But for high-frequency transformers, using very thin enameled wire as the winding, this rule of thumb does not hold. In the design of high-frequency transformers for switching power supplies, there are many factors to determine the optimal design, and “iron loss = copper loss” is actually the least concerned aspect.
3), leakage inductance = 1% magnetizing inductance
Many power supply designers often need to explain the leakage inductance requirements when submitting the relevant technical requirements to the transformer manufacturer after designing the magnetic components.On many technical sheets, it is marked “leakage inductance = 1% magnetizing inductance” or “leakage inductance”
The power supply designer should make a numerical limit on the acceptable leakage inductance value according to the normal working requirements of the circuit. In the process of making the transformer, the leakage inductance value should be reduced as much as possible without making other parameters of the transformer (such as inter-turn capacitance, etc.) worse, instead of giving the proportional relationship between the leakage inductance and the magnetizing inductance as a technique Require.
Because the relationship between the leakage inductance and the magnetizing inductance varies greatly with whether the transformer has an air gap or not. Without the air gap, the leakage inductance may be less than 0.1% of the magnetizing inductance, while with the air gap, even if the transformer windings are tightly coupled, the proportional relationship between the leakage inductance and the magnetizing inductance may reach 10%.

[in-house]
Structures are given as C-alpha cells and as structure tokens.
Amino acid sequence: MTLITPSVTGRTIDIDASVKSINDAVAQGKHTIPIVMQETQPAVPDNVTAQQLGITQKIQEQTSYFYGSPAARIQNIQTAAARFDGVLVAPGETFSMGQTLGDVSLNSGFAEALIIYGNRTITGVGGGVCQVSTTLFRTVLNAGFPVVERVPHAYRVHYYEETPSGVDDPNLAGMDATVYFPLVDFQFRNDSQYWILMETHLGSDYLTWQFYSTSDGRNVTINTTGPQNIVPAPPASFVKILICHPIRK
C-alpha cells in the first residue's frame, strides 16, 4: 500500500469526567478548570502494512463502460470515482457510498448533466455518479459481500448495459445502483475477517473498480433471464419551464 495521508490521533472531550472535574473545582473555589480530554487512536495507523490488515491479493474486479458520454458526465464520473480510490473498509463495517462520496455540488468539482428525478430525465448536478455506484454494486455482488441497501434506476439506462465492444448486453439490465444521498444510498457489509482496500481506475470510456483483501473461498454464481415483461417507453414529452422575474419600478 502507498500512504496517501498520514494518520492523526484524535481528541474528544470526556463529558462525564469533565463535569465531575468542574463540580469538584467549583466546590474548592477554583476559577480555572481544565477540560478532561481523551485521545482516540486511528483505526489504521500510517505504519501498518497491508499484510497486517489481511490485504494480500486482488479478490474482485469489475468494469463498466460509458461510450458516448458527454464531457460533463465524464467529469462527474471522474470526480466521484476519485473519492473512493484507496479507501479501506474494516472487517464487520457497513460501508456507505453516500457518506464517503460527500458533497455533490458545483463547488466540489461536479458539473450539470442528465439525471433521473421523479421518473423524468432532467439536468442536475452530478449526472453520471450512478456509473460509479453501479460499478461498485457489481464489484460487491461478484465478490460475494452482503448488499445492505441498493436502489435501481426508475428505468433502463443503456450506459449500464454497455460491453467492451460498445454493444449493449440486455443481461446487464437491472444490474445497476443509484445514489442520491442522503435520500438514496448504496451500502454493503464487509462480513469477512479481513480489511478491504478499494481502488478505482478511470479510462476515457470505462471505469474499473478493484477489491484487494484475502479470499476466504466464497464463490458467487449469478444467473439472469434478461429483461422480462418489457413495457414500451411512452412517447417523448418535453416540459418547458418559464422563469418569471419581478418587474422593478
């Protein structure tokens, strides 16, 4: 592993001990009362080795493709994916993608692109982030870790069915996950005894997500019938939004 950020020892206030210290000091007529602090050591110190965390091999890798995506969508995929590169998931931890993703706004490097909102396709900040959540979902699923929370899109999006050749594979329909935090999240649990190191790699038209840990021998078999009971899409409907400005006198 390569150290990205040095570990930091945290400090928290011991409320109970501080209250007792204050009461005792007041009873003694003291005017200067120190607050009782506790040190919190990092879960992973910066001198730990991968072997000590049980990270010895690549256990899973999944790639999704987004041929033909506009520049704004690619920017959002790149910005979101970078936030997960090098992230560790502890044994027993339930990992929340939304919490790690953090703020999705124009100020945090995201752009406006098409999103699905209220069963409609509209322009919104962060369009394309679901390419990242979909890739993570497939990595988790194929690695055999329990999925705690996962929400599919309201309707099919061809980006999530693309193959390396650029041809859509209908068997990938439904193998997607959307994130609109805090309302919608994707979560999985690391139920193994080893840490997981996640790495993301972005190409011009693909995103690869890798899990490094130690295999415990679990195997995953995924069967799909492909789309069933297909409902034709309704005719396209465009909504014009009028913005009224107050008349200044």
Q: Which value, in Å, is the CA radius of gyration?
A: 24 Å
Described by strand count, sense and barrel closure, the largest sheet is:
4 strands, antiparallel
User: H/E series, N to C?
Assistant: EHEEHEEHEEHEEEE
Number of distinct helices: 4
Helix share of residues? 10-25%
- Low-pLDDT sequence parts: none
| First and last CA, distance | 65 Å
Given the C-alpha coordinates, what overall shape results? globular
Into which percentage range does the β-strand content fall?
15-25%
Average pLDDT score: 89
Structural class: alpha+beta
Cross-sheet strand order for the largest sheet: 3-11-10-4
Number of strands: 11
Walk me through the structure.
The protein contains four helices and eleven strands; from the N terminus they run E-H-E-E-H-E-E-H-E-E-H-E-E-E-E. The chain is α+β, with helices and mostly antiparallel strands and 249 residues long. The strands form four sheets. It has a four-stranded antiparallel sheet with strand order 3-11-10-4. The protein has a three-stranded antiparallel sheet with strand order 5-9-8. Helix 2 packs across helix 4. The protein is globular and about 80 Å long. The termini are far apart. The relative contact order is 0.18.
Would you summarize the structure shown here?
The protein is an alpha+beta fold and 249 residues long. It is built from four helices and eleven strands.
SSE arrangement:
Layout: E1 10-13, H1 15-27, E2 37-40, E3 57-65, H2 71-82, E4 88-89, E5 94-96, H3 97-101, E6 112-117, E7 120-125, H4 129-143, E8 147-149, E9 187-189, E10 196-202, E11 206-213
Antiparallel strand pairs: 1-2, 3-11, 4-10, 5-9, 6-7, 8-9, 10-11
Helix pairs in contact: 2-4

Therefore, do not provide the ratio of leakage inductance to magnetizing inductance as a transformer design specification to magnetics manufacturers. Otherwise, it will show that you don’t understand the leakage inductance knowledge or don’t really care about the actual leakage inductance value. The correct way is to specify the absolute value of the leakage inductance that is clearly acceptable. Of course, a certain ratio can be added or subtracted. The typical value of this ratio is 20%.
4) The leakage inductance is related to the magnetic permeability of the magnetic core